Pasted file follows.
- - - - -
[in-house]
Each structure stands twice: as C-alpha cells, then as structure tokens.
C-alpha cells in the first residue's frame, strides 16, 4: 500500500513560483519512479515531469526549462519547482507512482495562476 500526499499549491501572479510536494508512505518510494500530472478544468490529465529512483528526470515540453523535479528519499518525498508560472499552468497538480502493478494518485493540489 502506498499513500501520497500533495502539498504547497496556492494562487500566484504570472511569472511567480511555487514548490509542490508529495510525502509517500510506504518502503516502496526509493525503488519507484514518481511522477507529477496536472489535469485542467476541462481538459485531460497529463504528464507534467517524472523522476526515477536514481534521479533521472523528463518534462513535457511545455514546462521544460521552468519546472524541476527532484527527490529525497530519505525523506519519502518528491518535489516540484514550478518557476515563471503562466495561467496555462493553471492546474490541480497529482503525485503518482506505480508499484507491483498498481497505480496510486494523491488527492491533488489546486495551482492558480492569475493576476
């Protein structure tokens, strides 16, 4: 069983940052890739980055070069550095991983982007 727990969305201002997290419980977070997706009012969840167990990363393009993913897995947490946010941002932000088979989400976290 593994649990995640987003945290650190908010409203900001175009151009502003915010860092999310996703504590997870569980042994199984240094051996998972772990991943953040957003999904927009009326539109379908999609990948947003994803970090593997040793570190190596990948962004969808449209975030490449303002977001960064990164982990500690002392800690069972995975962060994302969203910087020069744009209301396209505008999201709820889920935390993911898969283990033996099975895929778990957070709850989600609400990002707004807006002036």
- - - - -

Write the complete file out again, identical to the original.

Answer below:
[in-house]
Each structure stands twice: as C-alpha cells, then as structure tokens.
C-alpha cells in the first residue's frame, strides 16, 4: 500500500513560483519512479515531469526549462519547482507512482495562476 500526499499549491501572479510536494508512505518510494500530472478544468490529465529512483528526470515540453523535479528519499518525498508560472499552468497538480502493478494518485493540489 502506498499513500501520497500533495502539498504547497496556492494562487500566484504570472511569472511567480511555487514548490509542490508529495510525502509517500510506504518502503516502496526509493525503488519507484514518481511522477507529477496536472489535469485542467476541462481538459485531460497529463504528464507534467517524472523522476526515477536514481534521479533521472523528463518534462513535457511545455514546462521544460521552468519546472524541476527532484527527490529525497530519505525523506519519502518528491518535489516540484514550478518557476515563471503562466495561467496555462493553471492546474490541480497529482503525485503518482506505480508499484507491483498498481497505480496510486494523491488527492491533488489546486495551482492558480492569475493576476
């Protein structure tokens, strides 16, 4: 069983940052890739980055070069550095991983982007 727990969305201002997290419980977070997706009012969840167990990363393009993913897995947490946010941002932000088979989400976290 593994649990995640987003945290650190908010409203900001175009151009502003915010860092999310996703504590997870569980042994199984240094051996998972772990991943953040957003999904927009009326539109379908999609990948947003994803970090593997040793570190190596990948962004969808449209975030490449303002977001960064990164982990500690002392800690069972995975962060994302969203910087020069744009209301396209505008999201709820889920935390993911898969283990033996099975895929778990957070709850989600609400990002707004807006002036």